- Name also: Black Meddick, Black Hay, Hop Clover
- Family: Pea Family – Fabaceae (Leguminosae)
- Growing form: Annual or biennial herb.
- Height: 10–60 cm (4–25 in.). Stem limp–ascending, hairy.
- Flower: Corolla zygomorphic, yellow, 2–3 mm (0.08–0.12 in.) long, fused at base. Petals 5; the upstanding the ‘standard’, the lateral two the ‘wings’, the lower two united to form the ‘keel’, overall shape of corolla being butterfly-like, dropping. Calyx 5-lobed. Stamens 10. A single carpel. Inflorescence an axillary, long-stalked, globose–elongated, dense raceme.
- Leaves: Alternate, stalked, stipulate. Blade with 3 leaflets, terminal leaflet stalked. Leaflets obovate, with notched tips, often sharp-pointed, tip with toothed margins. Stipules shortly united with stalks.
- Fruit: 1.5–3 mm (0.06–0.12 in.) long, kidney-shaped, coiled, net-veined, glabrous–with glandular hairs, brownish black, 1-seeded, indehiscent pod (legume).
- Habitat: Lawns, roadsides, railway yards, harbours, waste ground, shores.
- Flowering time: June–September.
Black medick has arrived and settled into Finland relatively recently. It is widely distributed but fragmented throughout southern and central Finland around harbours, on lawns, by railways and on waste ground. Stands in coastal towns are mainly from the ballast soil that sailing boats carried when they needed more weight. It has travelled to many important towns and crossroads with soldiers and their provisions and landed on lawns with uncleaned hayseed and around railways and warehouses with imported grain.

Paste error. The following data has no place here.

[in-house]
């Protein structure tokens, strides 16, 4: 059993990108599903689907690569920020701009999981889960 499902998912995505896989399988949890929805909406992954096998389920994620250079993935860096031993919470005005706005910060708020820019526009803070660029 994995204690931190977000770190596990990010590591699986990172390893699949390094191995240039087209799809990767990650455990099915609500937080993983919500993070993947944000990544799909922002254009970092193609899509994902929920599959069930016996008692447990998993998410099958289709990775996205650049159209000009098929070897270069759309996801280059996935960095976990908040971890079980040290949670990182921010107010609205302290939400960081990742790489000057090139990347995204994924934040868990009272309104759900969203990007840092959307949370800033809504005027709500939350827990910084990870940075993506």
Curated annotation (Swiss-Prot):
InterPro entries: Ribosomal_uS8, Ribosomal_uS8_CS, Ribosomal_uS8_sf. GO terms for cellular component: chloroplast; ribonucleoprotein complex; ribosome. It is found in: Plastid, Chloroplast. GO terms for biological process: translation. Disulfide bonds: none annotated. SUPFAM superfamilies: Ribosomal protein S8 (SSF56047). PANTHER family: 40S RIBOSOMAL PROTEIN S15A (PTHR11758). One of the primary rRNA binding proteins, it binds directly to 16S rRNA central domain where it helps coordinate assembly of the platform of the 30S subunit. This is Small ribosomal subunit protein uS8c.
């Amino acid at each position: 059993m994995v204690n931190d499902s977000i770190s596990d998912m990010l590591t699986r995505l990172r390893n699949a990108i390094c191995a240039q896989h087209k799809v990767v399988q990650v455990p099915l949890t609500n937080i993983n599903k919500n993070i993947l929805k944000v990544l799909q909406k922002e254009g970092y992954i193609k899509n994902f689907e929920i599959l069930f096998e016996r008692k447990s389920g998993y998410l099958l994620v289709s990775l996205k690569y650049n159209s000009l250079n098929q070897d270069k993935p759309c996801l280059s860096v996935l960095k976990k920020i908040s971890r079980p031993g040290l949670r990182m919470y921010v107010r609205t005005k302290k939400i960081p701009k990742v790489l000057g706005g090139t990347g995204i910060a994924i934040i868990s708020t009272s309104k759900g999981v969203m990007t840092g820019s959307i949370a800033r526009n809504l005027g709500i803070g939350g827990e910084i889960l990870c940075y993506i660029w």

At first glance black medick looks like clover, especially lesser hop trefoil (Trifolium dubium) and hop trefoil (Trifolium campestre). Both have small yellow flowers and three leaflets, but there are also differences: black medick’s corolla falls as the seeds ripen while clover corollas remain after they wither. Also, black medick’s pod is curved or twisting while clover pods are basically straight. Compared to other members of its genus, black medick’s pod is spineless, and very small. There are three variations of black medick in Finland which can be differentiated from each other according to the amount of glandular hairs they have.